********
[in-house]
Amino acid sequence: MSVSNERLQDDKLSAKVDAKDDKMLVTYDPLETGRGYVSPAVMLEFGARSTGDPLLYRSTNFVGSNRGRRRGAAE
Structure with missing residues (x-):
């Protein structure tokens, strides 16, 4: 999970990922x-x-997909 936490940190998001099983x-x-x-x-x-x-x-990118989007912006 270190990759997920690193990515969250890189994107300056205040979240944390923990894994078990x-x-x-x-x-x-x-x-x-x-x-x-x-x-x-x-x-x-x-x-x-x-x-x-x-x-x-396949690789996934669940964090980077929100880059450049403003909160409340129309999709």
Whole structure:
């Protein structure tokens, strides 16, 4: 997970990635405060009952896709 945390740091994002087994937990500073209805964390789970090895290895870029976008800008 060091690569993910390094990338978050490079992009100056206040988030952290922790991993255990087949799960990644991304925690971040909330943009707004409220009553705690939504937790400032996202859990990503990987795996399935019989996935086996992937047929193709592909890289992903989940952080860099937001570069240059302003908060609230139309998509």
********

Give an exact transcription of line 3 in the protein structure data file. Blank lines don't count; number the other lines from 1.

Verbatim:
Structure with missing residues (x-):